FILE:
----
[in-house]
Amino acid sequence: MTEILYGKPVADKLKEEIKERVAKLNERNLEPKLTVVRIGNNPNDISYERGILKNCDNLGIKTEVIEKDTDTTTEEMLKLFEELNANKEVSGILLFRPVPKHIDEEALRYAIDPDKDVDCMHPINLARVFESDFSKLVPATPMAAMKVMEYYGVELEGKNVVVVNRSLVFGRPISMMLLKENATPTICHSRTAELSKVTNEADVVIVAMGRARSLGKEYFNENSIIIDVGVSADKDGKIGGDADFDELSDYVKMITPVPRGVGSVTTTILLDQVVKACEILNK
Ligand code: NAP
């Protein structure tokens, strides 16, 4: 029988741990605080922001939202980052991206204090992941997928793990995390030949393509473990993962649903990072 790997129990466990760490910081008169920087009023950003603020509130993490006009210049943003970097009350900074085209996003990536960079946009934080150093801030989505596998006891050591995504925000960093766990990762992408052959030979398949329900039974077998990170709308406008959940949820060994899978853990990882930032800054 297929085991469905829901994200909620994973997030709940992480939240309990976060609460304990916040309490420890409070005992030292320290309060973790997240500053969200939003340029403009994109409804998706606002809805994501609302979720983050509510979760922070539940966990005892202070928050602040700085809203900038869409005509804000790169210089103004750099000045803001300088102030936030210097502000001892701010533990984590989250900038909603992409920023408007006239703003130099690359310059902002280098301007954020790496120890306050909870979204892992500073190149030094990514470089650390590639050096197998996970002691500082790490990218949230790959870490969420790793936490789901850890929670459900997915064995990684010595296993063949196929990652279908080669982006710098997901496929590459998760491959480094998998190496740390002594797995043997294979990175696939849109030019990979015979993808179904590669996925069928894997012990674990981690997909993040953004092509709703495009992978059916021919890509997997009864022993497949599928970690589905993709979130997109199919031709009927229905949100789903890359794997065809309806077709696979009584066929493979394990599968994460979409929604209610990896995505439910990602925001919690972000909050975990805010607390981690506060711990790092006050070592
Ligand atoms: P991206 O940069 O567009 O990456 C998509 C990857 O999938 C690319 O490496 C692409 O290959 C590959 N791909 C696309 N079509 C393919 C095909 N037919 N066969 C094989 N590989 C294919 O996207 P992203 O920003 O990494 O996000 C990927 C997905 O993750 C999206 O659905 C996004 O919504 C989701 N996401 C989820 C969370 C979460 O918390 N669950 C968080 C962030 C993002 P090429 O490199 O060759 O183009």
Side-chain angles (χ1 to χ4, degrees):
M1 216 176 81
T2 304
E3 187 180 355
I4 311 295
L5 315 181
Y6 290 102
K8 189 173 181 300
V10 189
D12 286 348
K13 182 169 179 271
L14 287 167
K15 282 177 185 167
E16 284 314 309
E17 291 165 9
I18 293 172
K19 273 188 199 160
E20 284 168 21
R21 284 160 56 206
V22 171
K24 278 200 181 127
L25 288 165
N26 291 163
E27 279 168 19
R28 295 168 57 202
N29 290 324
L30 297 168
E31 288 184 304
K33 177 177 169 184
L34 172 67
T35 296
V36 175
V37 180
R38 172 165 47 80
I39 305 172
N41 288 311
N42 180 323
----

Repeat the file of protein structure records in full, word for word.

[in-house]
Amino acid sequence: MTEILYGKPVADKLKEEIKERVAKLNERNLEPKLTVVRIGNNPNDISYERGILKNCDNLGIKTEVIEKDTDTTTEEMLKLFEELNANKEVSGILLFRPVPKHIDEEALRYAIDPDKDVDCMHPINLARVFESDFSKLVPATPMAAMKVMEYYGVELEGKNVVVVNRSLVFGRPISMMLLKENATPTICHSRTAELSKVTNEADVVIVAMGRARSLGKEYFNENSIIIDVGVSADKDGKIGGDADFDELSDYVKMITPVPRGVGSVTTTILLDQVVKACEILNK
Ligand code: NAP
């Protein structure tokens, strides 16, 4: 029988741990605080922001939202980052991206204090992941997928793990995390030949393509473990993962649903990072 790997129990466990760490910081008169920087009023950003603020509130993490006009210049943003970097009350900074085209996003990536960079946009934080150093801030989505596998006891050591995504925000960093766990990762992408052959030979398949329900039974077998990170709308406008959940949820060994899978853990990882930032800054 297929085991469905829901994200909620994973997030709940992480939240309990976060609460304990916040309490420890409070005992030292320290309060973790997240500053969200939003340029403009994109409804998706606002809805994501609302979720983050509510979760922070539940966990005892202070928050602040700085809203900038869409005509804000790169210089103004750099000045803001300088102030936030210097502000001892701010533990984590989250900038909603992409920023408007006239703003130099690359310059902002280098301007954020790496120890306050909870979204892992500073190149030094990514470089650390590639050096197998996970002691500082790490990218949230790959870490969420790793936490789901850890929670459900997915064995990684010595296993063949196929990652279908080669982006710098997901496929590459998760491959480094998998190496740390002594797995043997294979990175696939849109030019990979015979993808179904590669996925069928894997012990674990981690997909993040953004092509709703495009992978059916021919890509997997009864022993497949599928970690589905993709979130997109199919031709009927229905949100789903890359794997065809309806077709696979009584066929493979394990599968994460979409929604209610990896995505439910990602925001919690972000909050975990805010607390981690506060711990790092006050070592
Ligand atoms: P991206 O940069 O567009 O990456 C998509 C990857 O999938 C690319 O490496 C692409 O290959 C590959 N791909 C696309 N079509 C393919 C095909 N037919 N066969 C094989 N590989 C294919 O996207 P992203 O920003 O990494 O996000 C990927 C997905 O993750 C999206 O659905 C996004 O919504 C989701 N996401 C989820 C969370 C979460 O918390 N669950 C968080 C962030 C993002 P090429 O490199 O060759 O183009």
Side-chain angles (χ1 to χ4, degrees):
M1 216 176 81
T2 304
E3 187 180 355
I4 311 295
L5 315 181
Y6 290 102
K8 189 173 181 300
V10 189
D12 286 348
K13 182 169 179 271
L14 287 167
K15 282 177 185 167
E16 284 314 309
E17 291 165 9
I18 293 172
K19 273 188 199 160
E20 284 168 21
R21 284 160 56 206
V22 171
K24 278 200 181 127
L25 288 165
N26 291 163
E27 279 168 19
R28 295 168 57 202
N29 290 324
L30 297 168
E31 288 184 304
K33 177 177 169 184
L34 172 67
T35 296
V36 175
V37 180
R38 172 165 47 80
I39 305 172
N41 288 311
N42 180 323